She didn’t have a family, she said. She didn’t have many friends, or any good ones, really. The way she said it told me that this was a lie, but Cropper didn’t want to say anything about it. Lauren was… I couldn’t cause her pain by making her think of whatever I was seeing behind those eyes.

So, I talked about myself. Or rather, I said what I knew and failed to answer her questions. All I could remember was the cell. I missed it, truthfully. It was there that Cropper had lived. The whiteness of it was good. Sometimes, it hurt his eyes, the sheerness of it, but it was safe. It was a world. I tried to find the right words, struggled to say what that box had meant for me. Even to this day I can’t. I must have started crying at some point, because I remember Lauren holding my head in her arms. She was apologizing. I tried to say it wasn’t her fault, but I only sobbed harder. When I woke up the next morning, my tears had caked and cracked the ash on her jacket. It was blue beneath.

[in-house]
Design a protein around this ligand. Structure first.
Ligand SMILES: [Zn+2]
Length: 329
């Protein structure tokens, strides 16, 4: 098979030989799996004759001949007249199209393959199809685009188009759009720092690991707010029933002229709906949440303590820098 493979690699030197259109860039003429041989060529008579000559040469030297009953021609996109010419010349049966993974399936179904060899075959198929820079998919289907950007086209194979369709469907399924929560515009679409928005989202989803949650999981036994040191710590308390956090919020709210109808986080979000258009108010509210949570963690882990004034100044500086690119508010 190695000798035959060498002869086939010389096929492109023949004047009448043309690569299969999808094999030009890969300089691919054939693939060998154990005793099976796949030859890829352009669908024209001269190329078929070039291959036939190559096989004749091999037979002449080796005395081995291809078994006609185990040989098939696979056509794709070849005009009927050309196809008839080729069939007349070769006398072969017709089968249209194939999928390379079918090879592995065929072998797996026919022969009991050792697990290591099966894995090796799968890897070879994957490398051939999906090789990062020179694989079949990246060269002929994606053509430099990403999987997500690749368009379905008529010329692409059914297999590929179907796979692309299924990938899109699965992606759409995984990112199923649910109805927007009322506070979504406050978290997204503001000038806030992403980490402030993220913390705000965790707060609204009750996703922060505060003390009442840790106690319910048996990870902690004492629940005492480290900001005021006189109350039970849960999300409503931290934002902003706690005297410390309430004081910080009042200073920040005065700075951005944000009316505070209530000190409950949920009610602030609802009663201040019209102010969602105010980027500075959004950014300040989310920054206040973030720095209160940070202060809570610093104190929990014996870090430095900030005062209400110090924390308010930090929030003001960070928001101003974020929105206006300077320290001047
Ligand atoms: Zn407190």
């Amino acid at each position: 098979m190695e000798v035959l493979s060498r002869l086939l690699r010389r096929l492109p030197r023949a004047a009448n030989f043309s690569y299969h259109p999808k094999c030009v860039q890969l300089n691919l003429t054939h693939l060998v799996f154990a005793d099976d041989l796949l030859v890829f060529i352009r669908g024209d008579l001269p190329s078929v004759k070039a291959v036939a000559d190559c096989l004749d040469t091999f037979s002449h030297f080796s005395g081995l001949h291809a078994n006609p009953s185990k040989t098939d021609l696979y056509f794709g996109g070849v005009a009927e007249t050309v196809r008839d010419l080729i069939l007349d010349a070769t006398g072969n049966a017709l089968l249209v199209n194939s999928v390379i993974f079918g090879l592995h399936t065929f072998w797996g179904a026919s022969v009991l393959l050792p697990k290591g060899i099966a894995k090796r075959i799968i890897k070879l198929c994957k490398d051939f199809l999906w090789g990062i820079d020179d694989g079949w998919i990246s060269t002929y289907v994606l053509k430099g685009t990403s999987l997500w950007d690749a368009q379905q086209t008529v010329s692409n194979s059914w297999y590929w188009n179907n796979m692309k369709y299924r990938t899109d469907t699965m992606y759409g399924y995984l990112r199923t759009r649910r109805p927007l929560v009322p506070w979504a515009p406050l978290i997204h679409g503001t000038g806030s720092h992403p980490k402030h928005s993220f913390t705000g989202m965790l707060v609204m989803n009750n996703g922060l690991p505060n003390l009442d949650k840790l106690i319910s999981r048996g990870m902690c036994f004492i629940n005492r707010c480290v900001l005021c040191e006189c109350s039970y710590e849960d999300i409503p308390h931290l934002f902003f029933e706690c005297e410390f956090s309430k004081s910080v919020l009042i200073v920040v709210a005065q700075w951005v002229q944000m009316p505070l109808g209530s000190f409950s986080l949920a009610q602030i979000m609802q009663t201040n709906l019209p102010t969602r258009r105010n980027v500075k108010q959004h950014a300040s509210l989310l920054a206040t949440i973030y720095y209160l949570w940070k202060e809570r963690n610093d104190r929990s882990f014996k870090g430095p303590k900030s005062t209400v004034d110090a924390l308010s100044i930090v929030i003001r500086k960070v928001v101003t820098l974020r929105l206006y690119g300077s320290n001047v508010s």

I don’t know how many words we shared for the rest of our time together, but it wasn’t many. Whereas the first day with her had been distant, almost cold, now the silence between us had a warmth, a knowledge, an understanding. At first, I was curious about what in her past was hidden from me that first night, but I grew to not care. In the end, only the ash we walked over and the time we spent together mattered to me. In the end, this world replaced the cell in my memory. The walls were wider, though, and Lauren’s smile shinned brighter than the television ever had.